Liked by 1 person

      • that sounds just like most others I know about. Amazing how many people have come to believe we just HAVE to have someone ELSE looking out for us (and never mind that it’s the wolf looking out for the sheep)

        Liked by 1 person

    • You could show a long list of incidents for regular shipping too.
      I really don’t see THAT much difference between being a master of a tanker and a towboat. They both need to know the rules of the road, ship handling, paperwork, etc.
      USCG requires 30 days onboard training and pass the TOAR (which I don’t know if all aspects can be done on only 1 vessel, or in only 90 days). I think an experienced licensed officer can learn to operate a towboat in less than 2-3 years for sure.
      Especially the ATBs, I hardly see any difference between those and a ship (except the lower manning levels).


      • You can do a TOAR on a single vessel, and 30 days is far to short to even consider letting someone stand their own watch on a towing vessel. I’m a year into serious tugboat operating in the Northeast and only really starting to be totally comfortable running my own watch again. 2-3 years to be a fully qualified Mate on a wire boat, needing to wake the master at an absolute minimum is about right depending on aptitude. I know I’m not fully there yet, even with a background in smaller tugs and workboats.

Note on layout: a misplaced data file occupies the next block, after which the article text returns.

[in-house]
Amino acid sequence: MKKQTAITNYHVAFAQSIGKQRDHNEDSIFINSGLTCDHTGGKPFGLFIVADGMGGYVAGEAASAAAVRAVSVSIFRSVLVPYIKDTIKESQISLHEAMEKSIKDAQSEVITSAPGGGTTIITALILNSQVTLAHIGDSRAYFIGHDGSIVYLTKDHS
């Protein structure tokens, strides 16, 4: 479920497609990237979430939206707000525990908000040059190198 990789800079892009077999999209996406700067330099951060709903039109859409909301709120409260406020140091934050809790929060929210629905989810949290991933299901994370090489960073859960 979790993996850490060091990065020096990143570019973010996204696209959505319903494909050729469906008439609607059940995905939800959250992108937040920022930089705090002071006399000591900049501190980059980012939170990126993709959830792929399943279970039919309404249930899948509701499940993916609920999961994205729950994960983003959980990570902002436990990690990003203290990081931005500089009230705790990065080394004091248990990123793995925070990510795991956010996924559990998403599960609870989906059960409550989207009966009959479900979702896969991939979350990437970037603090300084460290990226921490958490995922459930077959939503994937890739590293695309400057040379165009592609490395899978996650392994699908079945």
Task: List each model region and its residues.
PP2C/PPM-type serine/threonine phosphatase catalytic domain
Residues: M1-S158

The easiest way to state it is how many tugboat companies do you see recruiting ship masters to be docking pilots?

        Also part of what I was getting at is it is still very very easy to cross over into the towing side. G&H Towing in your neck of the woods even will take people with out any towing experience and teach them to steer, and complete their TOAR with them. All while paying them a decent wage. The work is there and with a license that says “Master, any gross tons”, and a varied background, you’ve got a hell of a lot more options than most people. There a lot of people out there affected by the downturn with a limited tonnage near coastal ticket, and no experience other than running a mud boat.

        Liked by 1 person

      • I get what you’re saying. I’ll have to try G&H again. I have a friend from AB school who’s been working captain for them for years. He likes it. I never liked their schedule.
        I’ve talked to a few towing companies and they all told me they want at least 2 years on deck before any wheelhouse time. Period. I really don’t understand that attitude. Sorry, I still don’t think it takes a master mariner with 30+ years of varied experience (including some tow boats way back), to learn how to operate a towing vessel. Especially not something like an ATB.